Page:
Film festivals as the ignition point

This week Park City, UT will once again come alive with the pitter patter of thousands of people who are looking to alternatively show off their films, find films to distribute or cover the movies appearing there as the Sundance and Slamdance film festivals commence.


There will also be a ton of conversation in the ensuing days around distribution, in groups both large and small up and down Main St. While there appears to be somecautious optimism (Hollywood Reporter, 1/19/10) that the indie market looks better this year than it has in the past few we’re by no means returning any time soon to the glory days of the late 90s since there continue to be fewer players in the market and less that’s going to willingly risked on something new.

All of that, though, overlooks the tremendous potential each and every filmmaker who’s attending either Sundance or Slamdance has to kick-start the word-of-mouth around his or her film, word-of-mouth that can have benefits lasting throughout whatever distribution cycle winds up being utilized.

By building a network of friends and followers on Twitter, Facebook and elsewhere – a network that includes the press (however loosely we define that term) and others – filmmakers can send updates on how a distribution deal is coming along, where it might be available and more, as well as just engaging in a conversation with people that encourages interaction and keeps the updates alive in-between big news updates. Many of those updates wind up becoming the basis for long blog posts on movie sites about the filmmaker and the movie. The benefits are potentially even bigger if the filmmaker has their own blog.

The best part of all this is, of course, that it continues to be something that’s managed by the filmmaker themselves and, while certain compromises may have to be made, the effort is independent of studio or distributor control. Meaning, primarily, that even if the studio isn’t willing to put money toward an online word-of-mouth strategy the filmmaker can keep doing what he or she is doing. I’ve seen this happen at big levels – Jason Reitman, Kevin Smith, etc – and small – Hunter Weeks, Ted Hope and others – and each is just as successful in their own right.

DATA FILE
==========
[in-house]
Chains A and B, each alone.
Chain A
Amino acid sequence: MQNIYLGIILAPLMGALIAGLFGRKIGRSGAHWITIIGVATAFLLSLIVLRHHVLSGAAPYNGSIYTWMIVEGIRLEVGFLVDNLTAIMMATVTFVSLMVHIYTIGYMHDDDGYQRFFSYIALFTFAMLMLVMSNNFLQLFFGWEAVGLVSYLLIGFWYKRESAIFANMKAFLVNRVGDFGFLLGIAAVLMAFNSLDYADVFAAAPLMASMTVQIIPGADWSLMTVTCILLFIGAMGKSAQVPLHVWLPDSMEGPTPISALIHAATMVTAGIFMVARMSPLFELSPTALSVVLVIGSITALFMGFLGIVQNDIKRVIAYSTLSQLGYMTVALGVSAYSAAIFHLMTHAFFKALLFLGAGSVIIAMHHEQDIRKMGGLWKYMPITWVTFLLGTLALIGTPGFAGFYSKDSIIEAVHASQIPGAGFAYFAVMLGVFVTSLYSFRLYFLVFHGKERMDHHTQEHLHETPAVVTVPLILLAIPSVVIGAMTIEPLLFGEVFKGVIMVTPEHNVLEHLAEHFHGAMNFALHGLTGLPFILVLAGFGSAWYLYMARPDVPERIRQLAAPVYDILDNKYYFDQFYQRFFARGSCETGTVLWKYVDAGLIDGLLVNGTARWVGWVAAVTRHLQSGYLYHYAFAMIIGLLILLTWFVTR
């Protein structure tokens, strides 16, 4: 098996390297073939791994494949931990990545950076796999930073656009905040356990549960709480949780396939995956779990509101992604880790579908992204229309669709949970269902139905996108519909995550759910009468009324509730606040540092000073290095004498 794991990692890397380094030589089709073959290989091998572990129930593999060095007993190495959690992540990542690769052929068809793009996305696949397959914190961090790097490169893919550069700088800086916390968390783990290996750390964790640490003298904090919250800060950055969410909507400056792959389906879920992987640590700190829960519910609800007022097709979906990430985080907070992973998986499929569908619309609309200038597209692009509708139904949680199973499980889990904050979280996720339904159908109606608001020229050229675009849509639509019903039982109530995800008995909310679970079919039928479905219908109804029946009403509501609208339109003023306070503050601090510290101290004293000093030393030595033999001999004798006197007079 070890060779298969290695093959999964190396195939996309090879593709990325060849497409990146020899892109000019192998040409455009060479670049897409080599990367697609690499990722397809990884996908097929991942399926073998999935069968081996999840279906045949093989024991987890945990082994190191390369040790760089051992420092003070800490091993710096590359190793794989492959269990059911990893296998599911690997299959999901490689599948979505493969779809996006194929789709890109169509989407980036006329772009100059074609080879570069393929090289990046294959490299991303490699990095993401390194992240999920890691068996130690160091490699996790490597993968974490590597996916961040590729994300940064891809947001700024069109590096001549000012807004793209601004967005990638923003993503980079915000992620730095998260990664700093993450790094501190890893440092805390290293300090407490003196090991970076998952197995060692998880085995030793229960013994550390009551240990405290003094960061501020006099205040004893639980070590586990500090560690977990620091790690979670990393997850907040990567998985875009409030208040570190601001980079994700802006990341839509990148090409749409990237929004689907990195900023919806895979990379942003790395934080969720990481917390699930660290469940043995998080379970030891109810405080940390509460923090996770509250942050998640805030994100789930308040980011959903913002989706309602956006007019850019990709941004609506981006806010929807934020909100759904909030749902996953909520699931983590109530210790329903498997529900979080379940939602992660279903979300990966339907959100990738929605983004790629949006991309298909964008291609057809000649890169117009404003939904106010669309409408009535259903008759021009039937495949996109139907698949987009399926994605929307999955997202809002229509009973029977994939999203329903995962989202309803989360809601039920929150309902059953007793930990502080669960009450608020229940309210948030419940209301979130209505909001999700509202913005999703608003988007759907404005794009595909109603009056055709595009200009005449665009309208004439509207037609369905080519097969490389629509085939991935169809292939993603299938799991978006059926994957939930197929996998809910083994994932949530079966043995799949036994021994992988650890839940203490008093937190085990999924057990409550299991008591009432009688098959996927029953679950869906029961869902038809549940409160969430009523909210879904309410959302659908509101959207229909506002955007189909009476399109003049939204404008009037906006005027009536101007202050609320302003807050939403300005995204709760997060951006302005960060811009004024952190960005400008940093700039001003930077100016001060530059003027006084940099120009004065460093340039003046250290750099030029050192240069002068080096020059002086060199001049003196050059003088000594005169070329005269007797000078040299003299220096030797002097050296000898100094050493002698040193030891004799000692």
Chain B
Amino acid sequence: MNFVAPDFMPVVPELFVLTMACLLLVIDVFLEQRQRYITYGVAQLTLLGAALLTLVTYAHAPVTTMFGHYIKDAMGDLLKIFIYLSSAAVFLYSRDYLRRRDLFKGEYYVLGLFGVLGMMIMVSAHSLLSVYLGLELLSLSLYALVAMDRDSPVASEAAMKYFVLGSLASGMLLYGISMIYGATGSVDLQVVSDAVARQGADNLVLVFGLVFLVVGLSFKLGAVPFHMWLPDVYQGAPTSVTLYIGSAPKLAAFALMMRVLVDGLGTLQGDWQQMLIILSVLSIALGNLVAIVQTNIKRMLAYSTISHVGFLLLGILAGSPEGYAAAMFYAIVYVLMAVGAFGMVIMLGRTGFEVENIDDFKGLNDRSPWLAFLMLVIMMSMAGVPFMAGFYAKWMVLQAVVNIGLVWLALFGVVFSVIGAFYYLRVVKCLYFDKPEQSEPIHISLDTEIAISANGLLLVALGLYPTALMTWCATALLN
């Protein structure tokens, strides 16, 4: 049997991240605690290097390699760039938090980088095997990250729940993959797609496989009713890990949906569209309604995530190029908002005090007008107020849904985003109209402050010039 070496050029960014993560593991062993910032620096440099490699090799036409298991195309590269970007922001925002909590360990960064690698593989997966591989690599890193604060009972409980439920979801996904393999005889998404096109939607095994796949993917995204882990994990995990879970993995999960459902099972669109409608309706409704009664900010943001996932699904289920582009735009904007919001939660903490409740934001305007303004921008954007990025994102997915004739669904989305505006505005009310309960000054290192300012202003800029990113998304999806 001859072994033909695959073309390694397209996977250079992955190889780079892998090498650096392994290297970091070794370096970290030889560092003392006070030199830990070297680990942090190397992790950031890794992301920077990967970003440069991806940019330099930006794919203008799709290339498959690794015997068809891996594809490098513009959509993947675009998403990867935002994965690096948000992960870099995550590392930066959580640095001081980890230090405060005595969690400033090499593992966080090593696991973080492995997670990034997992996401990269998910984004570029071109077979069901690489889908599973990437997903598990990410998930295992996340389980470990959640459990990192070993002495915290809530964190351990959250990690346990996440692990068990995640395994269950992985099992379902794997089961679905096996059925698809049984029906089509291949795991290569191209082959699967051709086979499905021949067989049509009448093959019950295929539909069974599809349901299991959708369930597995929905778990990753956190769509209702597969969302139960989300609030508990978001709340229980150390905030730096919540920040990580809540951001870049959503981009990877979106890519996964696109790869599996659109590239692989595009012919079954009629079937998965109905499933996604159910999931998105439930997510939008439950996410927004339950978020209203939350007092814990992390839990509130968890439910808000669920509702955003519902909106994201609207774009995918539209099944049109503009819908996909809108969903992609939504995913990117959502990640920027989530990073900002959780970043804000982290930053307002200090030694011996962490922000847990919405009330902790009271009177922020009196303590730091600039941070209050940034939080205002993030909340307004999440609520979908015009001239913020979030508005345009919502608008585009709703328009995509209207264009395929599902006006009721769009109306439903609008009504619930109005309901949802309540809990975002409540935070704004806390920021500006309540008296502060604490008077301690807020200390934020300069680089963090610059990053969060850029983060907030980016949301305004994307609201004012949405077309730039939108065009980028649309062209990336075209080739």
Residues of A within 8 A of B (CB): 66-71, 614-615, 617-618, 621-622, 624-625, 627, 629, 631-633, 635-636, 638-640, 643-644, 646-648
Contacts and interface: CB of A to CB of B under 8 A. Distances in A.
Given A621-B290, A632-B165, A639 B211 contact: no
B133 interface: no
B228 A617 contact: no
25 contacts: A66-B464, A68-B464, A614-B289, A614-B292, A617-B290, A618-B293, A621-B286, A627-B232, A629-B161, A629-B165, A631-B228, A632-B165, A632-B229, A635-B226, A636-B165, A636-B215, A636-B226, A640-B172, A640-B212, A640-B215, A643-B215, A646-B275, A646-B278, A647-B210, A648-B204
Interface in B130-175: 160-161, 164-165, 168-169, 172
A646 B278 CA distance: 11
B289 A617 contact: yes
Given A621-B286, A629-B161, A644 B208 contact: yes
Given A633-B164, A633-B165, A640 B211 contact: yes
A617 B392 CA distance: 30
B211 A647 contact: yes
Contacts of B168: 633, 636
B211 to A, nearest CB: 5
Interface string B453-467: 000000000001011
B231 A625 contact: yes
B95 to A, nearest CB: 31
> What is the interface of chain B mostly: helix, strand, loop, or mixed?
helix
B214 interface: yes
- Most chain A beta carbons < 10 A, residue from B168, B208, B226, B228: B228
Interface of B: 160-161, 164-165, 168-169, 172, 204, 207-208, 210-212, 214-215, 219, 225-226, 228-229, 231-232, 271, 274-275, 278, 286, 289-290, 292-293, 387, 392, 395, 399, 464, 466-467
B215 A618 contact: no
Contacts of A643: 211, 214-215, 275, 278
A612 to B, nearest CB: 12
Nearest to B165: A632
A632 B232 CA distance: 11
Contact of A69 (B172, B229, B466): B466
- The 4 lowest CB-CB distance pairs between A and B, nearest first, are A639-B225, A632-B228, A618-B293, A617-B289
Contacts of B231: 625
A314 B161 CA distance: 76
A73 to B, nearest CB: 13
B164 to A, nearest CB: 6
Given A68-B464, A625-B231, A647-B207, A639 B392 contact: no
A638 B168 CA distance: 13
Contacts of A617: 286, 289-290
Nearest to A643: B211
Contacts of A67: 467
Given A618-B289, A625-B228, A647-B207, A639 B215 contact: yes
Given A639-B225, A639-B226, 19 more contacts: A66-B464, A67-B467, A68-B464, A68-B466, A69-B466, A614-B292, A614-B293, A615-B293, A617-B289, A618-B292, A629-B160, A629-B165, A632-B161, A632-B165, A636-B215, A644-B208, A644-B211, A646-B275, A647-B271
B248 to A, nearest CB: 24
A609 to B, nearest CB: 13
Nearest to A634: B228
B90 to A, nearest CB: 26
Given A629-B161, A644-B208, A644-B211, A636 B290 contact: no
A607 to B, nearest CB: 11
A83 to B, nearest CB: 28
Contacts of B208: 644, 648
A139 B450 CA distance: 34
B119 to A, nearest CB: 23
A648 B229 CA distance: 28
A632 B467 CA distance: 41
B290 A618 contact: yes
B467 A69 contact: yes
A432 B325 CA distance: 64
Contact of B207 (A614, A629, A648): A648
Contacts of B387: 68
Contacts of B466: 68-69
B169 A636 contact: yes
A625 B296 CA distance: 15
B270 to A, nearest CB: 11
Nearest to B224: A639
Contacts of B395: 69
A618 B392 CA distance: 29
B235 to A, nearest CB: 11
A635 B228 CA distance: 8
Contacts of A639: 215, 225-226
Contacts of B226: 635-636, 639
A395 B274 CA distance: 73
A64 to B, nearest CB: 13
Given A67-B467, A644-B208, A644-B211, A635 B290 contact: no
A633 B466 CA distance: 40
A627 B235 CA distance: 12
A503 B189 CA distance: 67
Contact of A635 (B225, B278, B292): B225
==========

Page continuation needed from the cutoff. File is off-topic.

Because Sundance and Slamdance aren’t primarily buyer’s markets it can be months – if not a year or more – before movies that debut there are available to the audience. Social media platforms can help bridge that gap and keep awareness of the films alive as the conversation progresses. And, as I’ve stated before, the big studios do a lousy job of acknowledging the buzz that emerges from these festivals when it comes time for a formal campaign despite the ignition of that buzz being the primary reason for a film to make an appearance there. The tools are very much in place for filmmakers large and small to step up and become what they need to be, which is the advocate-in-chief for their productions, by participating in the conversation.

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